Ensuring corporate and quality assurance
Commissioners should ensure that the services they commission represent value for money and offer the best possible outcomes for patients. Commissioners need to set clear specifications for monitoring and assuring quality in the service contract.
Commissioners should ensure that they consider both the clinical and economic viability of the service, and any related services, and take into account patients' and carers views and those of other stakeholders when making commissioning decisions.
A faecal continence service needs to:
- be effective and efficient
- be responsive to the needs of patients and carers
- provide treatment and care based on best practice, as defined in NICE clinical guideline CG49 on faecal incontinence
- deliver the required capacity
- be integrated with common policies and procedures across primary and secondary care and include people with urinary incontinence, people living in the community and those in residential care
- define agreed criteria for referral, local protocols and the care pathway for people with faecal incontinence (FI). Enable local referral to consultants using agreed protocols via continence services or specialist teams that include continence nurse advisers or physiotherapists
- be patient-centred and provide equitable access, ensuring that patients are treated with dignity and respect, are fully informed about their care and are able to make decisions about their care in partnership with healthcare professionals and their carers
- demonstrate how it meets requirements under equalities legislation
- demonstrate value for money.
Local quality assurance
Any mechanisms for quality assurance at a local level are likely to refer to the following.
- Service and performance targets, including estimated activity levels and case mix, waiting and referral-to-treatment times (ensuring that patients and carers do not experience unnecessary delays), complaints procedures.
- Clinical governance arrangements, including incident reporting.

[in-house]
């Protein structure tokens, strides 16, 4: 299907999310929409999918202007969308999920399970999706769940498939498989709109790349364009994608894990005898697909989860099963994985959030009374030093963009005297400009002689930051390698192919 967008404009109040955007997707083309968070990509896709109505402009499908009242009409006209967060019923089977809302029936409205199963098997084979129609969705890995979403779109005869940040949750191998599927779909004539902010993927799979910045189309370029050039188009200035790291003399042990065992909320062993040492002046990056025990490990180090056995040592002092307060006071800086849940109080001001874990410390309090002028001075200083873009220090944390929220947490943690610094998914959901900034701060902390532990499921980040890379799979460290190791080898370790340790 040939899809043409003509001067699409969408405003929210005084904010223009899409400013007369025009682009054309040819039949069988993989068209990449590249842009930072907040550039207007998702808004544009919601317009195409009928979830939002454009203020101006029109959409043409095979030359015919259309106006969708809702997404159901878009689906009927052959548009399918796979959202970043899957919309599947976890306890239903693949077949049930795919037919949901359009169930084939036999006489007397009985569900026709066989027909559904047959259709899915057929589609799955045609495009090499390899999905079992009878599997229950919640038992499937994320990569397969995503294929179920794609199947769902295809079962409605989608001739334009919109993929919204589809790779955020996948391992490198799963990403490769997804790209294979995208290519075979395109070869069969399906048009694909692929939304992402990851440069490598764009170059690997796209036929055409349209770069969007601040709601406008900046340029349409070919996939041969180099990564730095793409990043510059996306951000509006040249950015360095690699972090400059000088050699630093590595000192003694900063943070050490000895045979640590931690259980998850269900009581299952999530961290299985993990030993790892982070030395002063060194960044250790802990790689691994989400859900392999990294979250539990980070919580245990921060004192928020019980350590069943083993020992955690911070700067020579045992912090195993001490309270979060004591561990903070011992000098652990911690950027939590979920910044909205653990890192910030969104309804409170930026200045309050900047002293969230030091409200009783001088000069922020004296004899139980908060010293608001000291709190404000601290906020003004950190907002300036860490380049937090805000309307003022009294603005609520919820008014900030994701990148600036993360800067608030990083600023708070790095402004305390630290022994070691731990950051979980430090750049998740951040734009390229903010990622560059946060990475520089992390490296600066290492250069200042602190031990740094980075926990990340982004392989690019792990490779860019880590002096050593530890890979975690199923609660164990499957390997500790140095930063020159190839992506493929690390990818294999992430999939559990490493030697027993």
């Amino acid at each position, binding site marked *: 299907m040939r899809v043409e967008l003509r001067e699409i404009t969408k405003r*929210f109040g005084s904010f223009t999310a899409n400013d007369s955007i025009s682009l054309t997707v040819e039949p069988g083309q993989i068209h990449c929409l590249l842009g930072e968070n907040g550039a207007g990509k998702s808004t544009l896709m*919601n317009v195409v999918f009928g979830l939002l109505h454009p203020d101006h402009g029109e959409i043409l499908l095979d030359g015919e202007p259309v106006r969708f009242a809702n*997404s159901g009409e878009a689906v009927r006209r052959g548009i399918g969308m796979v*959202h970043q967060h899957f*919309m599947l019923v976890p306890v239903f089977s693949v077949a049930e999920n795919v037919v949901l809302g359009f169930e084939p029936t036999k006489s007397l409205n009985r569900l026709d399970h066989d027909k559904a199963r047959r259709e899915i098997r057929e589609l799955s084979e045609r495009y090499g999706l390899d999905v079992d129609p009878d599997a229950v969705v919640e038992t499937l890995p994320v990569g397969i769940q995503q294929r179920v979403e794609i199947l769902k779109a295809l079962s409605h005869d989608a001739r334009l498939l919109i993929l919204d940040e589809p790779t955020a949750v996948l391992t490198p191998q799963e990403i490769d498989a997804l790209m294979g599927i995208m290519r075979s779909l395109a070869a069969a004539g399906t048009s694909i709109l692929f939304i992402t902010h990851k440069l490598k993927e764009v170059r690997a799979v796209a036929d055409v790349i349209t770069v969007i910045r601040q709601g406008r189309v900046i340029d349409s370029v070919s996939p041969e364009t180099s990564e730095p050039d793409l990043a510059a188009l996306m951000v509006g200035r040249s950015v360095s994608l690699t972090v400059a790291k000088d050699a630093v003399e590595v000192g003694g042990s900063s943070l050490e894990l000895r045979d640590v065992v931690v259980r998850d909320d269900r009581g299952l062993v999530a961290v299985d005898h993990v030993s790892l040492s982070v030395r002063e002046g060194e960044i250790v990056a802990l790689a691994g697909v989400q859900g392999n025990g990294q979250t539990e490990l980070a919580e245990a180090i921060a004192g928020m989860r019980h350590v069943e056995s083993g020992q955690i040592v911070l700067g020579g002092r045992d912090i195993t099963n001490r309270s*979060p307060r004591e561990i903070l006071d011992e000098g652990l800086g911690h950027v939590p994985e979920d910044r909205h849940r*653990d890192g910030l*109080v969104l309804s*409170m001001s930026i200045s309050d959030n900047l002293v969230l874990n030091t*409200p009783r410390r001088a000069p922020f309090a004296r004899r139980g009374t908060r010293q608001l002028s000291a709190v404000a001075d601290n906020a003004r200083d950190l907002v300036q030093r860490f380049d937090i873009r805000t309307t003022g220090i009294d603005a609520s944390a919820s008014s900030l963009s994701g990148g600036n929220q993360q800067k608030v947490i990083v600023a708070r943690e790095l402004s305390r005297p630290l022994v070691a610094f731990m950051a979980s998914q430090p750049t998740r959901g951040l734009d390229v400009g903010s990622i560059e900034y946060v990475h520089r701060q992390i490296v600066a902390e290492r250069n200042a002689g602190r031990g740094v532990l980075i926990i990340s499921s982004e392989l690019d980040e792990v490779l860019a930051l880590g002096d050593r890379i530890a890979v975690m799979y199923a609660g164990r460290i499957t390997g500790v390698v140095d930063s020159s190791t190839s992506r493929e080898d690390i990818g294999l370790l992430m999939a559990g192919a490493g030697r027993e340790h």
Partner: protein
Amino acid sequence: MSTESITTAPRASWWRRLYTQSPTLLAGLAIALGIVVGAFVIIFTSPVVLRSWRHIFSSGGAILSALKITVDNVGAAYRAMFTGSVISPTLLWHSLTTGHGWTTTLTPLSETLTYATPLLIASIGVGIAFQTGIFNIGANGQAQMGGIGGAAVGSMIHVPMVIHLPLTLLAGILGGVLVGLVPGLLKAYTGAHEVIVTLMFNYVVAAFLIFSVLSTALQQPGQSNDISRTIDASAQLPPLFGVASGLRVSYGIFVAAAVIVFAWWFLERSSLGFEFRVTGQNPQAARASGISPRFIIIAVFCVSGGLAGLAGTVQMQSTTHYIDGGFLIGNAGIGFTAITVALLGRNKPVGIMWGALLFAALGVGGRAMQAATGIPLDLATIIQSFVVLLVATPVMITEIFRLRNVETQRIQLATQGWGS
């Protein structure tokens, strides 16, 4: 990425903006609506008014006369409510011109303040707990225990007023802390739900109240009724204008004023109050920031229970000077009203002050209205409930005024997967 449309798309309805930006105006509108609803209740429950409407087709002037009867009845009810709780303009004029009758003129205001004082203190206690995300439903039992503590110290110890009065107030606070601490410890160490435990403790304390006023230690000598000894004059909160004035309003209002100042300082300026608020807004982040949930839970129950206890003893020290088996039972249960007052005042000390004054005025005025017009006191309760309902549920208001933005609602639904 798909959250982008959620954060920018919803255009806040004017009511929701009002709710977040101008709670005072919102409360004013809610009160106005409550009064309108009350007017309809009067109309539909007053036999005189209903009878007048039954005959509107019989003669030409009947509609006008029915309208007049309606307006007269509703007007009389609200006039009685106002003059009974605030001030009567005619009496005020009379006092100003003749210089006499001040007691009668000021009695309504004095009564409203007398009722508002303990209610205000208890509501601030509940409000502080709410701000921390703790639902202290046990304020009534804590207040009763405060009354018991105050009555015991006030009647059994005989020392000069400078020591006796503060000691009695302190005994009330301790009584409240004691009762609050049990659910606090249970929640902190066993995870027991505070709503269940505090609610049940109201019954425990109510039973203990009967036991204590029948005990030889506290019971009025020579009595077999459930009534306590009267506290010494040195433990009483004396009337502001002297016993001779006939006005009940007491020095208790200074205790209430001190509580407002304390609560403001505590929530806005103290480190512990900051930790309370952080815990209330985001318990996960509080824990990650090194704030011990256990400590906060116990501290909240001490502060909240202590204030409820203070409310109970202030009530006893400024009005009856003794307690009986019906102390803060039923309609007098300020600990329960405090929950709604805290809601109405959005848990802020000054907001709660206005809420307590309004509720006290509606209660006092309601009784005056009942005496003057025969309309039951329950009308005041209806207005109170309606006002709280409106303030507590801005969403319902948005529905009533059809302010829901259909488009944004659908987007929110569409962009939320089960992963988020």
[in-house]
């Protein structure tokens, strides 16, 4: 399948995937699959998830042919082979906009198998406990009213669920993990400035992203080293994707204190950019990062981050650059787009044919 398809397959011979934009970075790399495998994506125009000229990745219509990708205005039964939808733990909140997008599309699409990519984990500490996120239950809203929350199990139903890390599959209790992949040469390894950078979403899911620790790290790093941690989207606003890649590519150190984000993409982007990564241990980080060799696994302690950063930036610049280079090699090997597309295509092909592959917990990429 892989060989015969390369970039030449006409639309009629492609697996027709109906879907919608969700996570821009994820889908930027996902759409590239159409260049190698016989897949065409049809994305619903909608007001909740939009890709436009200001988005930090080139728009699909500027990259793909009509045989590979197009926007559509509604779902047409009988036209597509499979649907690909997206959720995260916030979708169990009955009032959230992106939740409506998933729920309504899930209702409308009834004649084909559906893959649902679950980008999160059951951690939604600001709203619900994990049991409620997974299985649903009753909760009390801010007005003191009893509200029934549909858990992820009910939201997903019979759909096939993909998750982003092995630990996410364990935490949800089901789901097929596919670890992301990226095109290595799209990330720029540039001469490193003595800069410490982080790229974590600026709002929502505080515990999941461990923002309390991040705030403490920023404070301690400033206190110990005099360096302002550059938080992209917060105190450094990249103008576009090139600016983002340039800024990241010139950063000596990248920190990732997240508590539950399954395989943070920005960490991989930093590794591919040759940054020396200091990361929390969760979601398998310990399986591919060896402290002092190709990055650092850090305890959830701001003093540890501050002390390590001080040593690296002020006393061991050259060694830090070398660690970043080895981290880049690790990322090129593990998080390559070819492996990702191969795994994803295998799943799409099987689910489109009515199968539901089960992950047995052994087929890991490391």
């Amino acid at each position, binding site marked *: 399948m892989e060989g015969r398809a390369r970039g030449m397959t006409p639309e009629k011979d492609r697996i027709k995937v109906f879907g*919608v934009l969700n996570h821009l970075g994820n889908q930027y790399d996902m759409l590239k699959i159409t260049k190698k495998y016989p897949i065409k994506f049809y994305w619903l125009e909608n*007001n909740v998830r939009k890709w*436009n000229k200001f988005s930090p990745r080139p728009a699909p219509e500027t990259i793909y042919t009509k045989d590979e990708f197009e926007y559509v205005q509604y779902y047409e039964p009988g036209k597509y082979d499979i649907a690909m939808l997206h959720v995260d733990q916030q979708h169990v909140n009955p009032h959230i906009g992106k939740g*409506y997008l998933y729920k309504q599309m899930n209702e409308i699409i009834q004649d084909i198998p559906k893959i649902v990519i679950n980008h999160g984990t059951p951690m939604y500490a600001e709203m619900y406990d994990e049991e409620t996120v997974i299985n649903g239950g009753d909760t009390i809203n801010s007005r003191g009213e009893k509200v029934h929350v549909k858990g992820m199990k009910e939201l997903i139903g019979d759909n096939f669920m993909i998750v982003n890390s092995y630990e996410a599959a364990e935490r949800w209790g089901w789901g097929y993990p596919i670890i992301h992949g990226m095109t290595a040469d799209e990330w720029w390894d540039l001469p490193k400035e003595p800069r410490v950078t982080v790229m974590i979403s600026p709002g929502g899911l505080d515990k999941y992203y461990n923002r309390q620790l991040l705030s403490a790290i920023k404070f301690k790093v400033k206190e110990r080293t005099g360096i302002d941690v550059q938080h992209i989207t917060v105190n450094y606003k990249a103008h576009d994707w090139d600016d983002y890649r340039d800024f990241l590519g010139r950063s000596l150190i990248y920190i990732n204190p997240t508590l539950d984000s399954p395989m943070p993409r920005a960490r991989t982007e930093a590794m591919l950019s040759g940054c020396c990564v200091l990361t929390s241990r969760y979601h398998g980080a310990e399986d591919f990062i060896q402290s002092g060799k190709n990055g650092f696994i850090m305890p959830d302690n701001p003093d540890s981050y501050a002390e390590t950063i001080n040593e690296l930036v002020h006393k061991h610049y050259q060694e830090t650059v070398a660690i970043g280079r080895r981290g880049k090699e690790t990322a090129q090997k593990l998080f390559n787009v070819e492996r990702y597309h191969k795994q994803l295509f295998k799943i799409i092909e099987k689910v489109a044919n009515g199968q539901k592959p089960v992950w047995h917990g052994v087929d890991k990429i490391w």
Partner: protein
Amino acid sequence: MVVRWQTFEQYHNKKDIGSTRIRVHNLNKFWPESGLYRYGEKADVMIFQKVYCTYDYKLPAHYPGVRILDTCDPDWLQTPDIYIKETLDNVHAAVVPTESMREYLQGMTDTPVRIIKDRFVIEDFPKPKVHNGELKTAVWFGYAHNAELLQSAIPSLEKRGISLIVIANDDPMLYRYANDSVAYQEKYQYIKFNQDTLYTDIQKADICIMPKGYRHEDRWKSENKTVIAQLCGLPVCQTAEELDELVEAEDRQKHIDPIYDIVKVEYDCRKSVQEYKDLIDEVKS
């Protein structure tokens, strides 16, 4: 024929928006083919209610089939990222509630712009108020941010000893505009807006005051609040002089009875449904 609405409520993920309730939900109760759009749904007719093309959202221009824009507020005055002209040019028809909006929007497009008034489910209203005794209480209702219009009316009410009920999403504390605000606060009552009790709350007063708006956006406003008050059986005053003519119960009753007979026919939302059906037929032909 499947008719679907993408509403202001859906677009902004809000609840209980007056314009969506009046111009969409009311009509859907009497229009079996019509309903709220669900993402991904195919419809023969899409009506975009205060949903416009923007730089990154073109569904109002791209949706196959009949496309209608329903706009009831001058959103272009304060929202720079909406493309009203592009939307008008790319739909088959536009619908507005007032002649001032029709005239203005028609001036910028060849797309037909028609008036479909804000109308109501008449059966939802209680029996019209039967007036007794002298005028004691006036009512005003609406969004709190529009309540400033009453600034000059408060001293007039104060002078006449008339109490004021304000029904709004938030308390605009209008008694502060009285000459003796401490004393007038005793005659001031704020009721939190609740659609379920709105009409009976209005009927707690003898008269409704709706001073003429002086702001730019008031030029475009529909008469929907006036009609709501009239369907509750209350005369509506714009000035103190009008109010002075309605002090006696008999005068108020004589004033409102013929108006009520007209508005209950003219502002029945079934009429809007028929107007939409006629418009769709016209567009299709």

- Clinical quality criteria: appropriateness of referral, consenting procedures, clinical protocols.
- Audit arrangements: frequency of reporting, reporting route and format, and dissemination mechanisms; this should include auditing the proportion of eligible people with FI who are provided with care, and the monitoring of patient outcomes and complications. See audit criteria for NICE clinical guideline CG49 on faecal incontinence for further information.
- Health, safety and security: infection control, waste management, confidentiality procedures, legislative requirements.
- Equipment: testing and calibration.
- Accreditation requirements: for some or all elements of the service, the premises and/or staff.
- Patient satisfaction: patient and carer perspective and perception of service provision, complaints.
- Patient outcomes: improved quality of life, alleviation of symptoms and/or cure, improved independence and mobility, reduced inappropriate referrals, reduced complications and associated hospital admissions.
- Staff competencies: individual and team baseline requirements, monitoring and performance.
- Information requirements, including both patient-specific information (NHS number, referring GP, provision of high-quality information to patients/carers) and service-specific information (referral-to-treatment times, workload trends, number of complaints).
- The process for reviewing the service with stakeholders, including decisions on changes necessary to improve or to decommission the service.
- Achieving targets associated with equalities legislation.
General information on quality and corporate assurance can be obtained from the following sources: